Plz do abide to our Terms & Condition:

    • Do not paste URL Links directly in any content instead post them as Hyperlink inside a text.
    • To post a Link directly use instead Bookmark.
    • If we find anyone posting beyond the warning we will immediately terminate your account without any warning. 


    No pages created yet
    No blog posts
    No bookmarks

    Highest Rating


          This wall is empty

            • Lee Morrison
                • 4/5 (1 votes)
                Blog by Entertainer


                This year’s Narrative Feature Competition included numerous directorial debuts, including that of Irish writer/director Stacey Gregg. Her thriller “Here Before” shows a great deal of visual confidence, especially in telling a disorienting story in a domestic setting. And she gets an anxious, melancholic performance from Andrea Riseborough, who continues to be an excellent actor to embed deep into such an emotional nightmare. 

                Like Riseborough’s earlier movie “Nancy” (written and directed by Christina Choe), “Here Before” deals with a parent’s grief of a lost child, and how they can be further vulnerable to a later sensation when maybe that child has returned. In this case, Riseborough’s Laura is mourning the loss of her daughter Josie, with her husband and teenage son in their home at the top of a hill in Belfast. Laura’s life is progressively thrown out of whack when a young girl named Megan (Niamh Dornan), the daughter of her new neighbors, starts resembling Josie in a lot of ways. And even worse, Megan starts to act like Josie and make it seem like it’s natural for her to want to be around Laura and her family. Laura initially resists the interactions, and tries to set boundaries, but each time that Megan’s mother fails to pick her up at school, Laura feels more pain and jealous. Laura eventually goes all-in on it—she thinks Josie was reincarnated, and it creates a destructive tension between the two neighbors who are progressively offended by Laura’s inappropriate behavior.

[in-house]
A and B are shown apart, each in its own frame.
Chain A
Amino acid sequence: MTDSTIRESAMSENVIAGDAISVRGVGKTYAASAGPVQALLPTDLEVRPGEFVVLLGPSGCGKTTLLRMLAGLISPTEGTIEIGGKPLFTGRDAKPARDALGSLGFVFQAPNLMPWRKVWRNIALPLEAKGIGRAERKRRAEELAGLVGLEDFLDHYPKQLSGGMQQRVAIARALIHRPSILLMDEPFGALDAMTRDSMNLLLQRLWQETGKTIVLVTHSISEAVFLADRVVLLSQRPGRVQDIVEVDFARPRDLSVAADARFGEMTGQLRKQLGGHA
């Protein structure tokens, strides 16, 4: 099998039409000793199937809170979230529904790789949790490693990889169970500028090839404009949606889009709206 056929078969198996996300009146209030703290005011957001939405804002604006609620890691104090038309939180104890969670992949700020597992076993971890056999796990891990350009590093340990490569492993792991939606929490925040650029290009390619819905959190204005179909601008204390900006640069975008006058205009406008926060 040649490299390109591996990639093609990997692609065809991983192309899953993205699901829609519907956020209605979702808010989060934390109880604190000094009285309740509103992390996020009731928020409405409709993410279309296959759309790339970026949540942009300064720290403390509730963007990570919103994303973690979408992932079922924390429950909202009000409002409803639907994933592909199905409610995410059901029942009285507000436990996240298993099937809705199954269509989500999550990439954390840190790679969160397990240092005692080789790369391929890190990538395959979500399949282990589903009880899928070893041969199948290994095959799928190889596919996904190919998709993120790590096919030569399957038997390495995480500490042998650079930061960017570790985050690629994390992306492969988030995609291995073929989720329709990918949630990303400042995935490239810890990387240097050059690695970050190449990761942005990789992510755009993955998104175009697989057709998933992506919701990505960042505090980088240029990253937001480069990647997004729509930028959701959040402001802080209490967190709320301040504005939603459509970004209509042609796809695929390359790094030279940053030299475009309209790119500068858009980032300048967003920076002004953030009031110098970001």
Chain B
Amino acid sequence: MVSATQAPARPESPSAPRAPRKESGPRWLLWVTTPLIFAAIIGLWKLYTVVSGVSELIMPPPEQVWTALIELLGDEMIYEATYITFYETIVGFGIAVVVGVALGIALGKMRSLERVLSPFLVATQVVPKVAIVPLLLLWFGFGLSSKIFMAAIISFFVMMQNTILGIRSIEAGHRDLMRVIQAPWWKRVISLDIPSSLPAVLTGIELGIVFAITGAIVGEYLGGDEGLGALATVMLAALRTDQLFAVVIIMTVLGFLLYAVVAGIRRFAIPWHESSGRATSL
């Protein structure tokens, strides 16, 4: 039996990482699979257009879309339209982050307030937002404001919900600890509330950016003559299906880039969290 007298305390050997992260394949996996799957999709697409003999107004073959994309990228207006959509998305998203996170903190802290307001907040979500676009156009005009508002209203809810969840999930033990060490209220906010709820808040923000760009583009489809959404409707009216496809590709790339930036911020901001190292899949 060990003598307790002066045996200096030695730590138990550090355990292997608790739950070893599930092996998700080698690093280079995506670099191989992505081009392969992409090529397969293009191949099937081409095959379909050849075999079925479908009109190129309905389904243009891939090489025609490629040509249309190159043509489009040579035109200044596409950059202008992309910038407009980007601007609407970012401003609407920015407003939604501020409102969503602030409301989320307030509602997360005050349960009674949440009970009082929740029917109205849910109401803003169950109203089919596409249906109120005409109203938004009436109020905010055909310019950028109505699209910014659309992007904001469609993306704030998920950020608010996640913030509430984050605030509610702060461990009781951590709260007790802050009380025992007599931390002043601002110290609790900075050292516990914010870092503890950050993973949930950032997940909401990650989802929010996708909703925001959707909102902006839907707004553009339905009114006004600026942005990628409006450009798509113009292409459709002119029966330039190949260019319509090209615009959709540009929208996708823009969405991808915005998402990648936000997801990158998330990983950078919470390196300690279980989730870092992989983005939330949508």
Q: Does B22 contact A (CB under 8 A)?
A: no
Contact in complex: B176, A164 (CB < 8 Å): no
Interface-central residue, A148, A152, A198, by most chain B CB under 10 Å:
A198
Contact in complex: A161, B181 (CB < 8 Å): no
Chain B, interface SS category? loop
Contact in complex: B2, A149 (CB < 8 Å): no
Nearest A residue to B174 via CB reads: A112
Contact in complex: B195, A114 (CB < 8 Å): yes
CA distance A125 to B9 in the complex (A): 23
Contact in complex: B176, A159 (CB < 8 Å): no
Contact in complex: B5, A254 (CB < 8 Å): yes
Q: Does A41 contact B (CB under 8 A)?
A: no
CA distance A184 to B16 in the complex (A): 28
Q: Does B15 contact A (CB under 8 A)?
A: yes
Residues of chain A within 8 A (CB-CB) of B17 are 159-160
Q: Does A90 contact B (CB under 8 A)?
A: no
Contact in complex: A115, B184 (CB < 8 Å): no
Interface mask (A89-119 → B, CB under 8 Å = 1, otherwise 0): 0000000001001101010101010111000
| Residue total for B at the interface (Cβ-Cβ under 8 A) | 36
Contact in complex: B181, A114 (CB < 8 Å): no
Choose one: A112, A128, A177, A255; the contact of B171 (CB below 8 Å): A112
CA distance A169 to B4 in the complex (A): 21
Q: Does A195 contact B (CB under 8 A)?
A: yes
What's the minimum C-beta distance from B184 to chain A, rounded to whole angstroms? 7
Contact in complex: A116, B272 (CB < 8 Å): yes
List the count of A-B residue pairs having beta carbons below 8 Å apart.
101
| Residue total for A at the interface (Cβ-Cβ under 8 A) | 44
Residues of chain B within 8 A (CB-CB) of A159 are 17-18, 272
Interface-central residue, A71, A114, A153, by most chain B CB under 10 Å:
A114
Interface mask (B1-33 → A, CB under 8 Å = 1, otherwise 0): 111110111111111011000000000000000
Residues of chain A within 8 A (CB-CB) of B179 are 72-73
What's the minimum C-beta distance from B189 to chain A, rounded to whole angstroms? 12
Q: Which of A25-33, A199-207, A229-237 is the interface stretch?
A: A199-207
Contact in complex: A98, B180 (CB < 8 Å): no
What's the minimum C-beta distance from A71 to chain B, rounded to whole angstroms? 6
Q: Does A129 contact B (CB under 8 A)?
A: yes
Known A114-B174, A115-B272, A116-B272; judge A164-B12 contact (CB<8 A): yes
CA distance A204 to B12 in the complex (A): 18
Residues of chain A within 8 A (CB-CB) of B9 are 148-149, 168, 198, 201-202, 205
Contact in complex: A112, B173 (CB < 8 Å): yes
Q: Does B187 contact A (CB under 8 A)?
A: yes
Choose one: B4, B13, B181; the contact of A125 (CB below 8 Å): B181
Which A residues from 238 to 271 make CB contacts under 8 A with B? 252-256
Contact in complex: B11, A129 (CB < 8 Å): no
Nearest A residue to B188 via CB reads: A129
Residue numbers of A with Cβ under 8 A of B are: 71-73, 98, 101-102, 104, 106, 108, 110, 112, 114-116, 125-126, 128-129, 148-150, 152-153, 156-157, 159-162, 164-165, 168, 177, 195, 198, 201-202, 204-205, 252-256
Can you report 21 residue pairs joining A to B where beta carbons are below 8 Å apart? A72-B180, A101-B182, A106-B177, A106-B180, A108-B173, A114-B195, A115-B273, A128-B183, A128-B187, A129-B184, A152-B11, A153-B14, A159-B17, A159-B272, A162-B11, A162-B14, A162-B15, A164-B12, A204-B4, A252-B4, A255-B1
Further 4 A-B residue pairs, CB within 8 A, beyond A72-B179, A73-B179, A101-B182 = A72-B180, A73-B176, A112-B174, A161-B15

The ultimate reveals that come from this type of emotional terrorism turn out to be a mighty stretch of human behavior, especially for a movie that wants to be so grounded and perceptive. However, the twisty script is not what most resonates with this movie, as it’s the cinematic storytelling (the cinematography by Chloë Thomson especially) that creates such unease with its full use of the frame and established sense of space. The interactions between Laura and Megan’s mother Marie (Eileen O’Higgins) become progressively uncomfortable, especially with the visual tension that Gregg imbues in the scenes, like a scene at a grocery store. The camera slowly creeps on another moment in which Laura starts to act like a mother to Megan, even though it’s entirely inappropriate. Grief is richly ominous in "Here Before," and so is the sense that something is very, very wrong. Gregg's film presents its unfathomable mystery with memorable style. 


                Our Father,” the directorial debut of Bradley Grant Smith, is the story of Beta (Baize Buzan) and Zelda (Allison Torem)—two twenty-something sisters in the Chicagoland area who are in their own isolated worlds of sadness, in need of a type of connection. Beta has been sleeping in her car, we learn later because of a toxic relationship, and her younger sister Zelda has been living in a boarding home with elderly women, while building a relationship with a set designer named Henry. Both of them need the other, as no one should have to go it alone, and there’s a good deal of sadness in the past that they aren’t facing.